INDIANAPOLIS, Ind. — The unofficial start to the DCI World Championships again went off with a bang Wednesday, giving downtown Indianapolis a small, unique taste of drum corps before the activity overtakes the Circle City during the next three days.
Wednesday’s DCI Performers Showcase pres. by System Blue allowed members from DCI’s World Class, Open Class and SoundSport ensembles a rare opportunity to showcase their own individual skills.
“It’s a great opportunity for the students who have been working so hard as a team all summer to get out and showcase their talents and kick off the week here at DCI,” Percussion judge Chris Romanowski said. “It’s a great opportunity for them to showcase what they’ve been doing also as an individual to build themselves up throughout the summer."
The performances — staged at both the Indiana Convention Center and the Indianapolis Arstgarden — showcased a wide variety of musical and visual performances, featuring anything from snare drum solos to vocal and woodwind performances.
The Artsgarden, a glass-domed structure suspended above the intersection of Washington and Illinois Streets, featured vocal and visual presentations.
Mark DeFrances, a Blue Devils brass player, who sung in the Concord, California corps’ vocal group, The Concord Voices, was awestruck to sing in a cathedral-like venue.
“This is really pretty,” DeFrances said. “This is my first time actually performing here, it’s a great place to do it.”
DeFrances attended the event for the first time Wednesday. For the past three years, as a member of The Academy, he had always been rehearsing on the Wednesday before Prelims, unaware that something as unique and awe-inspiring existed in DCI.
“I didn’t even know about the Performer’s Showcase but this is great,” he said. “They were asking for people to audition and I was like ‘I sing, I sung in high school,’ so here I am.”
In three separate halls at the Convention Center, solo percussionists, brass players and small ensembles packed in to deliver their one-of-a-kind performances. RaiKwon Green, a snare drummer, was one of multiple members of Louisiana Stars’ percussion section to present an original solo.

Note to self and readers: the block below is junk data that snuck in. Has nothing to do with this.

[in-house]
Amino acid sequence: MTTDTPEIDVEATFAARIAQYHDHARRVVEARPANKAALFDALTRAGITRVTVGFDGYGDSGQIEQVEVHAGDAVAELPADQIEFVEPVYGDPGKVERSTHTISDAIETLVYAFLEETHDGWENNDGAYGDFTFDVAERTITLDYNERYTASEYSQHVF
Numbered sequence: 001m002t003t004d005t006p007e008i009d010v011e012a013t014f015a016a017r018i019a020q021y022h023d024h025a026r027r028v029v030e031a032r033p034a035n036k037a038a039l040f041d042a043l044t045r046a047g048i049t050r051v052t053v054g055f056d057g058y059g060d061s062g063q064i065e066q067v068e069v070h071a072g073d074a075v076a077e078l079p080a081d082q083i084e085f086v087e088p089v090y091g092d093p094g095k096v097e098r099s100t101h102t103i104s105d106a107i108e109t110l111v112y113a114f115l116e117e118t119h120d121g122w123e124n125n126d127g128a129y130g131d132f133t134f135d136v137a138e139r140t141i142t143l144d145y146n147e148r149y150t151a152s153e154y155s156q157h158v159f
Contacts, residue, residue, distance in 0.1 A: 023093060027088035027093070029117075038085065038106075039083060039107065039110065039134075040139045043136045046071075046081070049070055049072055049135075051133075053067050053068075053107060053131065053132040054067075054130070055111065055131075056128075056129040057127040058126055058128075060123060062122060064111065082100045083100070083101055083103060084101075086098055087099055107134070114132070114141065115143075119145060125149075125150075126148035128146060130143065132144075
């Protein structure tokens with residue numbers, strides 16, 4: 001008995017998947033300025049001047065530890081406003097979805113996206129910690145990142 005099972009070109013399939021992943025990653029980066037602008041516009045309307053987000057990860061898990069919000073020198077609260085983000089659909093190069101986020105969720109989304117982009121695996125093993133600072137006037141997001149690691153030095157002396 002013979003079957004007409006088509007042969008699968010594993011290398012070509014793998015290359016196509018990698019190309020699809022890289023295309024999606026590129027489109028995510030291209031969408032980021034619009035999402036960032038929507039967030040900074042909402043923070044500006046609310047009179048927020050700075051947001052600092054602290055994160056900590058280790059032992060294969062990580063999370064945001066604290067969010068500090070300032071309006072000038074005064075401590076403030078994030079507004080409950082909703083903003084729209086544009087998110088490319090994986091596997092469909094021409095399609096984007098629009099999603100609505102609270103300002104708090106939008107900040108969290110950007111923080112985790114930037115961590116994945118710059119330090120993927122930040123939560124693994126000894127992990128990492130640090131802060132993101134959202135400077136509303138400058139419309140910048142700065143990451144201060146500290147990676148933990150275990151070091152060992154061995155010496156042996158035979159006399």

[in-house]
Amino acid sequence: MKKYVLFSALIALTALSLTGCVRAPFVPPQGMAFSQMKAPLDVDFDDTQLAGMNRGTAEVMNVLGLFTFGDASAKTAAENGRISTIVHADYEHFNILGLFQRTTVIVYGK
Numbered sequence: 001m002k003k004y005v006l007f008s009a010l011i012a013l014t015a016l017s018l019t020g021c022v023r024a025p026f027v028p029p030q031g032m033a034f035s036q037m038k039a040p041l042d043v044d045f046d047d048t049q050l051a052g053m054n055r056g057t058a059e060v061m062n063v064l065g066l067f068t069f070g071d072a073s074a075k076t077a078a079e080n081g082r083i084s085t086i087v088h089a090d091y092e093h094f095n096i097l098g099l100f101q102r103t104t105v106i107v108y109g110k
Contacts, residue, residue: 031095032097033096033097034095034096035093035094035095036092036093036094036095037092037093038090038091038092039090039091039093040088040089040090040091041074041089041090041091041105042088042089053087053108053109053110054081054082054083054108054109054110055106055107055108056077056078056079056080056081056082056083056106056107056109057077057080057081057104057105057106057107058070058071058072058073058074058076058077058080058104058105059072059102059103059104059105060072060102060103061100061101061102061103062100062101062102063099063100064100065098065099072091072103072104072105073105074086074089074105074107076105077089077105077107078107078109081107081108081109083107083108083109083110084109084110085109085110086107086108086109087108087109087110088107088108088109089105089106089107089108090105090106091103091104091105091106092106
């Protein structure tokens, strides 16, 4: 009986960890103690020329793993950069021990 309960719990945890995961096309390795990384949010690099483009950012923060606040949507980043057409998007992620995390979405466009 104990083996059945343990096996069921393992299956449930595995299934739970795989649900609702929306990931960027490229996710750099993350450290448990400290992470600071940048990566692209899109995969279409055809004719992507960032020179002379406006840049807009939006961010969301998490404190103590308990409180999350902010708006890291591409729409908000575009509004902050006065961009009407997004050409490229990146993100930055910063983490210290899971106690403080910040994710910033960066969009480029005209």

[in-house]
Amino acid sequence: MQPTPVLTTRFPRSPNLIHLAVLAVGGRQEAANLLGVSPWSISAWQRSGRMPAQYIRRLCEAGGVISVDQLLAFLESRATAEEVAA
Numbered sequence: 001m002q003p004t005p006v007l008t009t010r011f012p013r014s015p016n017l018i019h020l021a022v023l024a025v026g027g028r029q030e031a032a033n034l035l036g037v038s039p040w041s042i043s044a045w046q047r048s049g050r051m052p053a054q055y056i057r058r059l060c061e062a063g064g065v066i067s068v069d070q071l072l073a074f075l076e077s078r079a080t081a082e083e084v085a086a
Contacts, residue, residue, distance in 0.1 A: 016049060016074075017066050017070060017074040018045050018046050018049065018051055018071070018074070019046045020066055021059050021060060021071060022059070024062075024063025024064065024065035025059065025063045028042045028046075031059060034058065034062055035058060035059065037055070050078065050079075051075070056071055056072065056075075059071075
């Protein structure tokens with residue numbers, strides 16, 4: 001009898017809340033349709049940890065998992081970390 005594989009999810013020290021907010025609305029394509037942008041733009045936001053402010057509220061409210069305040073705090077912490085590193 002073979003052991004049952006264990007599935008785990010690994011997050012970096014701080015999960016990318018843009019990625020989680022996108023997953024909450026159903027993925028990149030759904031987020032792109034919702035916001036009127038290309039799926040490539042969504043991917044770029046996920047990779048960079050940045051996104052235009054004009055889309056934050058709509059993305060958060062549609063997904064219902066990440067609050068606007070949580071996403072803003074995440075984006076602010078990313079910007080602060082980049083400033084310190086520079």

He broke out of the percussion room’s double doors with his stand in one hand and score in the other, appreciative of the opportunity to break away from his corps for a once-in-a-lifetime event.
“It’s a good moment,” Green said. “It’s a sense of accomplishment because I’m in an Open-Class corps and we did some amazing things, and it’s just a time to step away and represent the corps in a positive way.
“Coming from where I do in Louisiana, there’s a lot of people who don’t take music very seriously, like I do,” Green said. “So it’s very sentimental to represent a group with something I enjoy doing.”
On Thursday, Green will trade out the convention center room for Lucas Oil Stadium — the dozens of chairs replaced with more than 70,000 seats. And just as he has all season, Green will march with the Louisiana Stars and perform their well-rehearsed show.
Wednesday, though, allowed Green to showcase his personal skills, an avenue to unleash his creative juices.
“I started watching drum corps in middle school and the first thing I saw was snare solos,” Green said. “I originally wrote a solo for the summer and then when move-ins started I was like, ‘I don’t know if I like this solo so much.’
“So I decided to rewrite it as the summer went on and as ideas popped into my head I wrote them on a manuscript pad. I literally changed some parts a few days ago. It’s a fun experience.”